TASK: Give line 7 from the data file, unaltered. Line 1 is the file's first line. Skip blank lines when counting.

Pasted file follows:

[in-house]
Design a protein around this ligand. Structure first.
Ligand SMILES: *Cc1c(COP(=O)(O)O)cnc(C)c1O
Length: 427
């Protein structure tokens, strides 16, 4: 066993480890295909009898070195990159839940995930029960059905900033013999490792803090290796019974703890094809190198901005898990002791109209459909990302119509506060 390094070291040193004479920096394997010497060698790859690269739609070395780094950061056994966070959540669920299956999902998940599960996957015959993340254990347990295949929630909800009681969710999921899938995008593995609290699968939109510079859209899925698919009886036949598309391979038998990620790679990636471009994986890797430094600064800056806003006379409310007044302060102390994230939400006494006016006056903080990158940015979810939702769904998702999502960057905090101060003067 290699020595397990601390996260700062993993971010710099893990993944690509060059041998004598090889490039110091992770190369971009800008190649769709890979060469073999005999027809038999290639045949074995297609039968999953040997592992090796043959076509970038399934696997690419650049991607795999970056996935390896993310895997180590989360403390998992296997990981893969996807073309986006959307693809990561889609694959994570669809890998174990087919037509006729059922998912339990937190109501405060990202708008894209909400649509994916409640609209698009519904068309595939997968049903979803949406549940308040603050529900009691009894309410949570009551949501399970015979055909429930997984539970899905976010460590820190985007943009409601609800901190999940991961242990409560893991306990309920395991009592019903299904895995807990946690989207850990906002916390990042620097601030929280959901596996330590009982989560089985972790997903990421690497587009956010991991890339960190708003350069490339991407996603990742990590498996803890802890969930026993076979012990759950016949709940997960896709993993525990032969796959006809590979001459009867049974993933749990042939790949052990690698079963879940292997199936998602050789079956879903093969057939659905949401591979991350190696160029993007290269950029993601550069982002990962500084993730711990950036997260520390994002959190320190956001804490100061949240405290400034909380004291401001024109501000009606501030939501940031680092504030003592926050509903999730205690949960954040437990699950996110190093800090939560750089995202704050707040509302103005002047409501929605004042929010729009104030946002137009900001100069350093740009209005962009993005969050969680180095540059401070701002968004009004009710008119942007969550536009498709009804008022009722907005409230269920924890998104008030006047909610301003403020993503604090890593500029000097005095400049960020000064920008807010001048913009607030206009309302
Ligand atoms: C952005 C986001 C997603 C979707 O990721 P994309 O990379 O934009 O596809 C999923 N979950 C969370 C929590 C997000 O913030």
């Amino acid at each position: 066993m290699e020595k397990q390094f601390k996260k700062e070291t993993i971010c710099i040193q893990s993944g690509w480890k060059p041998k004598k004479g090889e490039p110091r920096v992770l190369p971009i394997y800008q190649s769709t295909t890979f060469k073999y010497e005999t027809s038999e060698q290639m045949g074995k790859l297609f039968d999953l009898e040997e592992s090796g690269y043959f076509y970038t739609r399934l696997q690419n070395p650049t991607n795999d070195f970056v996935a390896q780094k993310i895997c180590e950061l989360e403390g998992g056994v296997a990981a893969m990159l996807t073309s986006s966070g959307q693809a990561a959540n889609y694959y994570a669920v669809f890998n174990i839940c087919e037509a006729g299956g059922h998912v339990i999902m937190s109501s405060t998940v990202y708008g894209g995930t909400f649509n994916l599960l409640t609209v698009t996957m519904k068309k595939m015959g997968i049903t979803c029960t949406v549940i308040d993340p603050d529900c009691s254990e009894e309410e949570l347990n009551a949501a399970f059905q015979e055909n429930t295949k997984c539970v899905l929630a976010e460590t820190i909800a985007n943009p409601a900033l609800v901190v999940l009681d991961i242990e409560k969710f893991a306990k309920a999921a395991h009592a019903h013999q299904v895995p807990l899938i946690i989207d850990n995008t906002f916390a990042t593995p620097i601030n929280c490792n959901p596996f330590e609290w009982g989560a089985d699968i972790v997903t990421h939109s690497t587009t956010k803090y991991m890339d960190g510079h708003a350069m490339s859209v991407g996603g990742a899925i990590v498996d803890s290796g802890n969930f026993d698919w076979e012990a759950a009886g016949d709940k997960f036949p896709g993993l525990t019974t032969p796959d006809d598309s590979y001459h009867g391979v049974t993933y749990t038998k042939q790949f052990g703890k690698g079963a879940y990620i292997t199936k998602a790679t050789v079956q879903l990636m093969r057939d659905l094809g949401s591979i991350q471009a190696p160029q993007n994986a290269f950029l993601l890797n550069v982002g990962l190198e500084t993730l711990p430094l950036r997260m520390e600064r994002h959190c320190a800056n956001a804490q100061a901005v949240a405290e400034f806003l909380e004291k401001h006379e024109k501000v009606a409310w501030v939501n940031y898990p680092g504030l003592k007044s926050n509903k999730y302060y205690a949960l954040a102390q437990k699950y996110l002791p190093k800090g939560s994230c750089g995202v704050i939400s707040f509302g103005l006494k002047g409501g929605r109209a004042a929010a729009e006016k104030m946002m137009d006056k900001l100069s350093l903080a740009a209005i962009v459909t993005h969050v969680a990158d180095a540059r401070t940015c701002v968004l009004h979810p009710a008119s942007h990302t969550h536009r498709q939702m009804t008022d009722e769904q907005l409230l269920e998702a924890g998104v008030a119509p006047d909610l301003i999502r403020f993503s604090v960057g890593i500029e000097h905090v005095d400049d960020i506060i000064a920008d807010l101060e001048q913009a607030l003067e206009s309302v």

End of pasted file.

């Amino acid at each position: 066993m290699e020595k397990q390094f601390k996260k700062e070291t993993i971010c710099i040193q893990s993944g690509w480890k060059p041998k004598k004479g090889e490039p110091r920096v992770l190369p971009i394997y800008q190649s769709t295909t890979f060469k073999y010497e005999t027809s038999e060698q290639m045949g074995k790859l297609f039968d999953l009898e040997e592992s090796g690269y043959f076509y970038t739609r399934l696997q690419n070395p650049t991607n795999d070195f970056v996935a390896q780094k993310i895997c180590e950061l989360e403390g998992g056994v296997a990981a893969m990159l996807t073309s986006s966070g959307q693809a990561a959540n889609y694959y994570a669920v669809f890998n174990i839940c087919e037509a006729g299956g059922h998912v339990i999902m937190s109501s405060t998940v990202y708008g894209g995930t909400f649509n994916l599960l409640t609209v698009t996957m519904k068309k595939m015959g997968i049903t979803c029960t949406v549940i308040d993340p603050d529900c009691s254990e009894e309410e949570l347990n009551a949501a399970f059905q015979e055909n429930t295949k997984c539970v899905l929630a976010e460590t820190i909800a985007n943009p409601a900033l609800v901190v999940l009681d991961i242990e409560k969710f893991a306990k309920a999921a395991h009592a019903h013999q299904v895995p807990l899938i946690i989207d850990n995008t906002f916390a990042t593995p620097i601030n929280c490792n959901p596996f330590e609290w009982g989560a089985d699968i972790v997903t990421h939109s690497t587009t956010k803090y991991m890339d960190g510079h708003a350069m490339s859209v991407g996603g990742a899925i990590v498996d803890s290796g802890n969930f026993d698919w076979e012990a759950a009886g016949d709940k997960f036949p896709g993993l525990t019974t032969p796959d006809d598309s590979y001459h009867g391979v049974t993933y749990t038998k042939q790949f052990g703890k690698g079963a879940y990620i292997t199936k998602a790679t050789v079956q879903l990636m093969r057939d659905l094809g949401s591979i991350q471009a190696p160029q993007n994986a290269f950029l993601l890797n550069v982002g990962l190198e500084t993730l711990p430094l950036r997260m520390e600064r994002h959190c320190a800056n956001a804490q100061a901005v949240a405290e400034f806003l909380e004291k401001h006379e024109k501000v009606a409310w501030v939501n940031y898990p680092g504030l003592k007044s926050n509903k999730y302060y205690a949960l954040a102390q437990k699950y996110l002791p190093k800090g939560s994230c750089g995202v704050i939400s707040f509302g103005l006494k002047g409501g929605r109209a004042a929010a729009e006016k104030m946002m137009d006056k900001l100069s350093l903080a740009a209005i962009v459909t993005h969050v969680a990158d180095a540059r401070t940015c701002v968004l009004h979810p009710a008119s942007h990302t969550h536009r498709q939702m009804t008022d009722e769904q907005l409230l269920e998702a924890g998104v008030a119509p006047d909610l301003i999502r403020f993503s604090v960057g890593i500029e000097h905090v005095d400049d960020i506060i000064a920008d807010l101060e001048q913009a607030l003067e206009s309302v």